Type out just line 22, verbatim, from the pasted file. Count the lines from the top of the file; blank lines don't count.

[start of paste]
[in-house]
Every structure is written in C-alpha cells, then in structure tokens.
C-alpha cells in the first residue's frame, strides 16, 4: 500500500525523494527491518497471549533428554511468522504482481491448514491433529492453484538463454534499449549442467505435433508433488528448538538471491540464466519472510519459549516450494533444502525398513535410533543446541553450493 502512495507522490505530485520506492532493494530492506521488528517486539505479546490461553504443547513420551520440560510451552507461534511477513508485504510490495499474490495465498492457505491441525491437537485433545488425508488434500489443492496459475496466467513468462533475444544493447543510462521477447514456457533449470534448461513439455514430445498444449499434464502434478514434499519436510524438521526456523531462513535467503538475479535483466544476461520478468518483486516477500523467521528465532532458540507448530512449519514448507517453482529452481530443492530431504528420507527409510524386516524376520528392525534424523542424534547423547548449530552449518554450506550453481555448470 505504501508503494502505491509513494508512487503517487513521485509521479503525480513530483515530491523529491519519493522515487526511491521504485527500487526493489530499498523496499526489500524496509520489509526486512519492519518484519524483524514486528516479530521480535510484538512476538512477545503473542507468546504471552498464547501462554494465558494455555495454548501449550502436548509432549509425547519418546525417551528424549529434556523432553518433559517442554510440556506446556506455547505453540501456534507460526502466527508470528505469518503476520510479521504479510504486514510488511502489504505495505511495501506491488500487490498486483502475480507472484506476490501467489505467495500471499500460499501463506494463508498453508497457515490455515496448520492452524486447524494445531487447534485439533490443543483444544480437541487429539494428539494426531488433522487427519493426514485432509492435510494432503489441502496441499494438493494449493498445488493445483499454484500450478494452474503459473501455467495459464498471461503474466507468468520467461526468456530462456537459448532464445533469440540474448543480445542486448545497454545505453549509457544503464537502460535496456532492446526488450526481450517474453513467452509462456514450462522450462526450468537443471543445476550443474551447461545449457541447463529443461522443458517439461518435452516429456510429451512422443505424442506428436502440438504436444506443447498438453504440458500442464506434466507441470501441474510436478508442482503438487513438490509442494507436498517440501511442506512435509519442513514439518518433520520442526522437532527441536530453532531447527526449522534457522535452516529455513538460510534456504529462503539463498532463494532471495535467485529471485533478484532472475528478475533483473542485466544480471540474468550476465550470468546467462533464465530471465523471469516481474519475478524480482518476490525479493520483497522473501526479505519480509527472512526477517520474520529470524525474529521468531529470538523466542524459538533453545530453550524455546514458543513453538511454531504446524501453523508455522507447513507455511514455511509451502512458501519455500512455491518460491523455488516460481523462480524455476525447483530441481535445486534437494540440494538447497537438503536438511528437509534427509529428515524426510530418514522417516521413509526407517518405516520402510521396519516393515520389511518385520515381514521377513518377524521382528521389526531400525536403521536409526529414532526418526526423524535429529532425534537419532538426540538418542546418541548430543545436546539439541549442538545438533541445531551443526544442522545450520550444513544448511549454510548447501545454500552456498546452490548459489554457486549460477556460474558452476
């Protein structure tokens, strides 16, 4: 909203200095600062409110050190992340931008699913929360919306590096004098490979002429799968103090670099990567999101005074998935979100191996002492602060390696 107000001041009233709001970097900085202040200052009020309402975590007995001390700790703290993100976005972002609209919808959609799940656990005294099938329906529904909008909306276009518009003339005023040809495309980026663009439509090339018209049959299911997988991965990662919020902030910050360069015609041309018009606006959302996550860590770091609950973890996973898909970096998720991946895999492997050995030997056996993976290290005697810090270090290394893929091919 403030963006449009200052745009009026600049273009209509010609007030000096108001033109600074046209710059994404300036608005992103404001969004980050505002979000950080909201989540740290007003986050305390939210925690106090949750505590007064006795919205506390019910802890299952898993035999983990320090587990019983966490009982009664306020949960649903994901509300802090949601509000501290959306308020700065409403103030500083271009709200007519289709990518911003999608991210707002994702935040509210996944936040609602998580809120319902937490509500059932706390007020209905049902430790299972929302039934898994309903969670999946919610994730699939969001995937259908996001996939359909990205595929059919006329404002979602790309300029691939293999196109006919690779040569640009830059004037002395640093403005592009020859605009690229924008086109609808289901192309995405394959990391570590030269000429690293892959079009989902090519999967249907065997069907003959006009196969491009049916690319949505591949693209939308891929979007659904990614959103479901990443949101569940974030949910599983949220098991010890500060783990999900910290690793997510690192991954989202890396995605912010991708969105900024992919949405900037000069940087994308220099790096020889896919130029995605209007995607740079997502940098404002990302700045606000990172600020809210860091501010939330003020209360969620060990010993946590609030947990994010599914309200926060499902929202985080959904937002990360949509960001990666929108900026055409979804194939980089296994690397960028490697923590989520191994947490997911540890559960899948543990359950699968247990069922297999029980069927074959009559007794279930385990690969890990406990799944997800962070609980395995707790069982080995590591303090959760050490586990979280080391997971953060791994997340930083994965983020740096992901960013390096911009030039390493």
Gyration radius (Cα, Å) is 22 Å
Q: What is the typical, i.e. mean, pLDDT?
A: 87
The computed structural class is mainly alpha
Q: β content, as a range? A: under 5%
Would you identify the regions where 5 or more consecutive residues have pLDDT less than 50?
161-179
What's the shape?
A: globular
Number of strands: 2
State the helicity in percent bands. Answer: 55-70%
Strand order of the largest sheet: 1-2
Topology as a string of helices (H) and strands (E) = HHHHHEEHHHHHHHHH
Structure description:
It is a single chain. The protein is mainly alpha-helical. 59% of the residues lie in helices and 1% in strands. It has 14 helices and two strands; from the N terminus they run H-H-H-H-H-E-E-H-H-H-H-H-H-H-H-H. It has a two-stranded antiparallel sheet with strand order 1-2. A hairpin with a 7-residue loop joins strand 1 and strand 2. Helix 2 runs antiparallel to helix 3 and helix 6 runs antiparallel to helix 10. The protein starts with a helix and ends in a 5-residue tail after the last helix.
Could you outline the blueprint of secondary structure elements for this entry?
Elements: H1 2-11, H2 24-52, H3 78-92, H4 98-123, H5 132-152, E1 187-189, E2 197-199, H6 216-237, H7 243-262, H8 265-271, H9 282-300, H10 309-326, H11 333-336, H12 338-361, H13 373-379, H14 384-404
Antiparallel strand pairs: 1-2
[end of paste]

Antiparallel strand pairs: 1-2